However, I did learn a lot about this woman, just from this article. It told me that she didn’t complain about any hardship that she encountered. Whether she learned this at a young age from losing her father and then her brother and being “farmed out” from her mother, I don’t know. I have a sense that she seemed to always have a sense of purpose – helping people, nurturing them, giving hope to others, and bringing the word of God into the lives of those who didn’t know Him.
I have three pictures of Annie – the picture above is one that my cousin, Sharon Amore Brittigan, uploaded to Ancestry. The picture below is one that my family has also shared with me of Henry and Annie and their children. One other photo I have shows the couple surrounded by loving family members on the occasion of the first Amore reunion held at their home.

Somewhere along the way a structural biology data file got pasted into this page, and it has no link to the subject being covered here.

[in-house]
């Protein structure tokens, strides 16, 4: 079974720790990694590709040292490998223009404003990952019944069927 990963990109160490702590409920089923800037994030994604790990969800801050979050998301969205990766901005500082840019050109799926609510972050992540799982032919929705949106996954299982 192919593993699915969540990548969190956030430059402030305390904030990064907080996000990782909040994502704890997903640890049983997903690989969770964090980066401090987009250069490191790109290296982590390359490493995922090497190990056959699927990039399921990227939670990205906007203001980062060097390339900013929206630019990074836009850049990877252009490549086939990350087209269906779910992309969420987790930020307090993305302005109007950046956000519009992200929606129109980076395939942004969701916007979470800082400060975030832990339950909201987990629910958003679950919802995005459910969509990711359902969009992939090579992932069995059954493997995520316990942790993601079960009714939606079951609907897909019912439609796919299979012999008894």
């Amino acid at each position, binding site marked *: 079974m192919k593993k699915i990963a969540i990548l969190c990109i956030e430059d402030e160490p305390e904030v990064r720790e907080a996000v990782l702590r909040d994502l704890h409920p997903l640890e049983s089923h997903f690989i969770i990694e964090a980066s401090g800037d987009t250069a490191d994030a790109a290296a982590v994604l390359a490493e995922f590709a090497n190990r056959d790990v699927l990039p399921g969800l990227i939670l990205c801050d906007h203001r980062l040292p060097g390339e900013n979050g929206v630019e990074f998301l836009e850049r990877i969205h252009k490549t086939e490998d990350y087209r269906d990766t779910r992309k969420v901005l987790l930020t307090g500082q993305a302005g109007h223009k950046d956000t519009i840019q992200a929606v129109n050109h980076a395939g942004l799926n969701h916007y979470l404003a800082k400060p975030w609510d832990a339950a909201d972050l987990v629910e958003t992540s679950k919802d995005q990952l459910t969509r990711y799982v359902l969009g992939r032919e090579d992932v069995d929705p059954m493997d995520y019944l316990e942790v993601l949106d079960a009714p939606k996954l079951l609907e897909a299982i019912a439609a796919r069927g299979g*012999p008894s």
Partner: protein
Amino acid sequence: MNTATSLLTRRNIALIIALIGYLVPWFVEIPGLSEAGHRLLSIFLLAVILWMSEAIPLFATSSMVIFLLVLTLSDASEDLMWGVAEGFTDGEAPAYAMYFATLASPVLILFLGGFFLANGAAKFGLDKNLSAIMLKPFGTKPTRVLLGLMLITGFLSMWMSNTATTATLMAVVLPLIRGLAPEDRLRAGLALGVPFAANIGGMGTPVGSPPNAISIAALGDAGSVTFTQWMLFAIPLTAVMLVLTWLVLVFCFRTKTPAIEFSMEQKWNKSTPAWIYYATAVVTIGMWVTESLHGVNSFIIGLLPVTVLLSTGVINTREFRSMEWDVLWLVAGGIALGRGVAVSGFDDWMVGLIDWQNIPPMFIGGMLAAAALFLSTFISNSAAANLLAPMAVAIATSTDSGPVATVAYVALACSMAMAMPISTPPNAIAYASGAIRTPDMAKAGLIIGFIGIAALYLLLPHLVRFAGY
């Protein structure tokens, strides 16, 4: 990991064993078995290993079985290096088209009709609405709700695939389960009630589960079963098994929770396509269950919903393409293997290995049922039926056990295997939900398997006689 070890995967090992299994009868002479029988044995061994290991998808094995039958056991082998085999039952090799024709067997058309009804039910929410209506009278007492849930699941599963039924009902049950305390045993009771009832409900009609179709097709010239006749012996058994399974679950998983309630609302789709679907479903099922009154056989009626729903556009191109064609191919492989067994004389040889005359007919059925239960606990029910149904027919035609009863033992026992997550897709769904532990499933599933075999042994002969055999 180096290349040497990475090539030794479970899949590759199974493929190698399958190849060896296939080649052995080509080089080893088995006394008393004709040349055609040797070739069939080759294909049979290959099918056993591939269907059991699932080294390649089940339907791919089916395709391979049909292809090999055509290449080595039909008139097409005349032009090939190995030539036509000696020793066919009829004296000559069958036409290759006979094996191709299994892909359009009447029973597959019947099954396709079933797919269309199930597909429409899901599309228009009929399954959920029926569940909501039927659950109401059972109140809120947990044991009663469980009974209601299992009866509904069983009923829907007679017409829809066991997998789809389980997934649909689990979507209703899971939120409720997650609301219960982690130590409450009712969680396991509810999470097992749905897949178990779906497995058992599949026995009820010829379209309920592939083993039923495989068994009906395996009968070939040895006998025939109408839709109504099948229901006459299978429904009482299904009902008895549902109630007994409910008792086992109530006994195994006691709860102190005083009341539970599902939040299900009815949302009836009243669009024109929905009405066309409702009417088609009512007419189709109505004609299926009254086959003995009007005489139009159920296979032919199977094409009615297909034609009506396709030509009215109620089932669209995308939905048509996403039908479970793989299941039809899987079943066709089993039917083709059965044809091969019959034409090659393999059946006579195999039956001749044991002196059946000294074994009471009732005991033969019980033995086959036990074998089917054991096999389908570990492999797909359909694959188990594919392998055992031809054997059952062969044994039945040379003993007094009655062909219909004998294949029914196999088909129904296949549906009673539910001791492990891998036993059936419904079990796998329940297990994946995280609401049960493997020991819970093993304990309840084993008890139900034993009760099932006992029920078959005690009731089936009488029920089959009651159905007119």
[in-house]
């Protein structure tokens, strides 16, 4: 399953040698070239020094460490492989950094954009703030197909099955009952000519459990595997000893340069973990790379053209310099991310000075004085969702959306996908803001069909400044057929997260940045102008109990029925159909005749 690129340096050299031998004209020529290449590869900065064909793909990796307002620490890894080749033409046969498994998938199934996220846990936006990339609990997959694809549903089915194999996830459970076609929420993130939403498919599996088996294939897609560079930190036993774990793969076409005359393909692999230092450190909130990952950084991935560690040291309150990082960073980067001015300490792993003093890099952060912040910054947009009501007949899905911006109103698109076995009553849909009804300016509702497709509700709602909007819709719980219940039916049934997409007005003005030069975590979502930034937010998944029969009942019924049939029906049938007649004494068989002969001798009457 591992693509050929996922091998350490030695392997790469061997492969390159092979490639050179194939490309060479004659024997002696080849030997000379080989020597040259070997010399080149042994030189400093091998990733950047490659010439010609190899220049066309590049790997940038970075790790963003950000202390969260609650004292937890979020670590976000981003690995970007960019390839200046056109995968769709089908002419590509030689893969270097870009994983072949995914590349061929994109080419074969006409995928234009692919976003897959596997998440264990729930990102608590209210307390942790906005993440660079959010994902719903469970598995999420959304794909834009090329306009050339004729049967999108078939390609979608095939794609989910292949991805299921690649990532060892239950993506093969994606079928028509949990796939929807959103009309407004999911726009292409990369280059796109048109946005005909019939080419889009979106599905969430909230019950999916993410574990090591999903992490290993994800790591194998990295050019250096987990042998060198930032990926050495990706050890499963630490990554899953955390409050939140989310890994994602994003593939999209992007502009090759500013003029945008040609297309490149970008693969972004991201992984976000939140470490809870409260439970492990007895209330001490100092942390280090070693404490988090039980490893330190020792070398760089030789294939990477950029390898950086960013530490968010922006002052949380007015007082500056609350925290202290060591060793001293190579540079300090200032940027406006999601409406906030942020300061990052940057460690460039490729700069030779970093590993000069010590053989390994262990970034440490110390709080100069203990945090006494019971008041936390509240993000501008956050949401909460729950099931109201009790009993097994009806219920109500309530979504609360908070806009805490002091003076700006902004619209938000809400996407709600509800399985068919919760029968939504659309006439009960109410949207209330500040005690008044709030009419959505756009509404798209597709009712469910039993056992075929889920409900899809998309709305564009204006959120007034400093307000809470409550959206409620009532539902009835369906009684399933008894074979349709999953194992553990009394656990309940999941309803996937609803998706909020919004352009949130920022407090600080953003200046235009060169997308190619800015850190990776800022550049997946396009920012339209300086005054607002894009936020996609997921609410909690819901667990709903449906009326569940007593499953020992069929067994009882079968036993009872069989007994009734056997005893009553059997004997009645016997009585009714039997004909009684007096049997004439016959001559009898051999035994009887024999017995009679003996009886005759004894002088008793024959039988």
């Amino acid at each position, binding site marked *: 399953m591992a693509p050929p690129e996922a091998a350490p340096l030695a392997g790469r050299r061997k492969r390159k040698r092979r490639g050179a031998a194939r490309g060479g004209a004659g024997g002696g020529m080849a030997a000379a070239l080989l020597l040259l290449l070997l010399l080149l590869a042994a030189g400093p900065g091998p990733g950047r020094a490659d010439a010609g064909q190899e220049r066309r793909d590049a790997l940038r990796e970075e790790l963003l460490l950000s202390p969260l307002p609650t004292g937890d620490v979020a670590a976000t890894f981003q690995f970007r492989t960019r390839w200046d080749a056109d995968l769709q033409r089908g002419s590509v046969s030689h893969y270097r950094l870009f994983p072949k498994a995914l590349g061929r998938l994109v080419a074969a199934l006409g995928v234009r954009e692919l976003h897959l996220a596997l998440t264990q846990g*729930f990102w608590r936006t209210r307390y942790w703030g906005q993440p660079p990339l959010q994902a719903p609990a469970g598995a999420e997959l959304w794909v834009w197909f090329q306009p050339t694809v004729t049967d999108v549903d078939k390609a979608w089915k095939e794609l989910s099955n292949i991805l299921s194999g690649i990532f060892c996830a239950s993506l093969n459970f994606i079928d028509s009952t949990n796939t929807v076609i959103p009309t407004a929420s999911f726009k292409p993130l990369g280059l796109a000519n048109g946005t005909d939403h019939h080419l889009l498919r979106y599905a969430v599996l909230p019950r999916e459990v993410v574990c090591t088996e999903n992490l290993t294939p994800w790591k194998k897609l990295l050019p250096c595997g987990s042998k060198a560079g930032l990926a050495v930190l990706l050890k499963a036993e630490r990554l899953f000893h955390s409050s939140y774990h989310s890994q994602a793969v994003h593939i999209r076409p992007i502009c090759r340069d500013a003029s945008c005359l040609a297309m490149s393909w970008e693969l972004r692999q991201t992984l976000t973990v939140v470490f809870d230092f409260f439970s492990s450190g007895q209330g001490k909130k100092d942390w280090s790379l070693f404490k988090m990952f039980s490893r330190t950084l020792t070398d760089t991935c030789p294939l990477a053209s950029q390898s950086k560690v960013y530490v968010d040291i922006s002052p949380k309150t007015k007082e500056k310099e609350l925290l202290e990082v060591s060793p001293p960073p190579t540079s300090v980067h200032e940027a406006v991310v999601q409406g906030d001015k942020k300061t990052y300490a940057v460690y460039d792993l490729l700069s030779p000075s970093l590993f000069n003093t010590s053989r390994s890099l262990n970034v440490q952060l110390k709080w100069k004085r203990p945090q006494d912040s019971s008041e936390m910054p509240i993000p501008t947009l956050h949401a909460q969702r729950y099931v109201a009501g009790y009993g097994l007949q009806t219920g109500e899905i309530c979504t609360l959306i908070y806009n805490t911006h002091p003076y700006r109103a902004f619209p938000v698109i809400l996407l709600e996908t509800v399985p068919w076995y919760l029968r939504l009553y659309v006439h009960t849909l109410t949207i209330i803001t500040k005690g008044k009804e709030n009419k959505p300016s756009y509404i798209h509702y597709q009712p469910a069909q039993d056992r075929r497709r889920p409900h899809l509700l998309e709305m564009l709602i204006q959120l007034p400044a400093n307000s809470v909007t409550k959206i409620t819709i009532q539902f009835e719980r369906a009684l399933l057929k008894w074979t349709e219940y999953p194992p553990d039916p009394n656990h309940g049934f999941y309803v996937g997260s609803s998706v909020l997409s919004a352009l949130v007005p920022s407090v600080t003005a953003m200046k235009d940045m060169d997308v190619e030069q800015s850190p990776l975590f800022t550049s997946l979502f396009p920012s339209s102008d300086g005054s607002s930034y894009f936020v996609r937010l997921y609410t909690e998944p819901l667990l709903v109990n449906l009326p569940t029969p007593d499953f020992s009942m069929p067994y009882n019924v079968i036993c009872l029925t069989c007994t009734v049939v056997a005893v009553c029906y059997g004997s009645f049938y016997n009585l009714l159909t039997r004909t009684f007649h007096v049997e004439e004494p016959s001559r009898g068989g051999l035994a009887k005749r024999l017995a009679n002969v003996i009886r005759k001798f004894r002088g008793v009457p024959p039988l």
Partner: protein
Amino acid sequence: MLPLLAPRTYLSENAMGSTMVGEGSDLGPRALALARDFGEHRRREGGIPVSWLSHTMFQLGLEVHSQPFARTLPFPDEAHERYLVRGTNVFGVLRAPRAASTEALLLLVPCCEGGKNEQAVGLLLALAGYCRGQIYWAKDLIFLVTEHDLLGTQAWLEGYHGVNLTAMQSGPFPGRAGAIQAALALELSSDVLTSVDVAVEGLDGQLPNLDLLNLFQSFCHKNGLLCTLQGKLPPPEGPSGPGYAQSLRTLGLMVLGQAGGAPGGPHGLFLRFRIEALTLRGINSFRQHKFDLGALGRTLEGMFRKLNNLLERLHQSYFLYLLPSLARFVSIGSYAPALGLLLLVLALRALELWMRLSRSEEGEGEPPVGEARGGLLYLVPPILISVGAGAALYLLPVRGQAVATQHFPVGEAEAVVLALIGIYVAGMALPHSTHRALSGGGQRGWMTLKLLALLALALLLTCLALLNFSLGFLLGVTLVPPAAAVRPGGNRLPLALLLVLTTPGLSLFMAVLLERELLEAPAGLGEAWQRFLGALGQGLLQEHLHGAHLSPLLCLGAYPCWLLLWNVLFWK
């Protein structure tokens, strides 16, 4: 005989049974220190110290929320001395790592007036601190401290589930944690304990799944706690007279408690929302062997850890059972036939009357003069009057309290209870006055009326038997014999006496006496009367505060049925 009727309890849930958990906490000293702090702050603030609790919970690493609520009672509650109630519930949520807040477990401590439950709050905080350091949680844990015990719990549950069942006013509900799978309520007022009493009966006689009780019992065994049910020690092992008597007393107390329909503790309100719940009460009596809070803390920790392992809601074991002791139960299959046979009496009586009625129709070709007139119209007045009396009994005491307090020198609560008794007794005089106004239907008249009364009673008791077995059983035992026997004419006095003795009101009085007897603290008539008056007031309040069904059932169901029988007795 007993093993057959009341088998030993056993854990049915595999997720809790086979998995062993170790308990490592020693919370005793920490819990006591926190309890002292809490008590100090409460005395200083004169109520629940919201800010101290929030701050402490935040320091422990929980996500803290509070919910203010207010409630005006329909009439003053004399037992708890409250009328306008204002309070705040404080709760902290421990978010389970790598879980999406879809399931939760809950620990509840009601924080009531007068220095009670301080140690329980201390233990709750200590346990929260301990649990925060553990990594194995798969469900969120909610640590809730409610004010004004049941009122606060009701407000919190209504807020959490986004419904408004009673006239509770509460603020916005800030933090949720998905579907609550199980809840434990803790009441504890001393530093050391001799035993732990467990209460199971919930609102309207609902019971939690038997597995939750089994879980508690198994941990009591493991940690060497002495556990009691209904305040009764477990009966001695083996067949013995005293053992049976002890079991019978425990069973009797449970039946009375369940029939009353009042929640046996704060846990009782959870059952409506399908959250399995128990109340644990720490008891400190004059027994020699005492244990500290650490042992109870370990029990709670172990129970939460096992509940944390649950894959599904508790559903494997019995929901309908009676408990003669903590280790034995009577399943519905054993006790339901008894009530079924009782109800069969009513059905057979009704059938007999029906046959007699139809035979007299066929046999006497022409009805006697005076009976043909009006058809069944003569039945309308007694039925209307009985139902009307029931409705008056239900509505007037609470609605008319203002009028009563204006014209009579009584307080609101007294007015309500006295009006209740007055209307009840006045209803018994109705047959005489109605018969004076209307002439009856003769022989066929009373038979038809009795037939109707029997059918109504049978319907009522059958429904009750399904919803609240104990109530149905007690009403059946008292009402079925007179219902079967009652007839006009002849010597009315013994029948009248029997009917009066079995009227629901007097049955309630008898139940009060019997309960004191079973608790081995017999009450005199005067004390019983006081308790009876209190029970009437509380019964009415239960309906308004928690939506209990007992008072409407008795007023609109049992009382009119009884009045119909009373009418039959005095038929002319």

Annie died on December 5, 1941 seven years after losing her husband, Henry. Her funeral was held in the Salvation Army citadel and she was buried in Roscoe Cemetery.
R.I.P. Great-grandmother (“Mother”) Amore.
Summer in the mid-1960s (not sure which year). This picture was taken at my paternal aunt’s home in Zanesville, Ohio. Pictured left to right: my 1st cousin, June (my dad’s oldest sister’s daughter), my Aunt Eva and Uncle Bervil (my dad’s brother), my Aunt Gertrude (Dad’s oldest sister), Eric (June’s grandson), and me. Notice the span of ages between my first cousin – who has a grandchild a little younger than me – and me!
I haven’t seen June or Eric since the real early 1970’s. The last time I saw my Aunt Gertie was in the summer of 1972. I saw my Uncle Bervil and Aunt Eva for the last time in the late 1960’s. Luckily, I am now in touch with their son, grandson’s, great-granddaughter’s, and their daughter.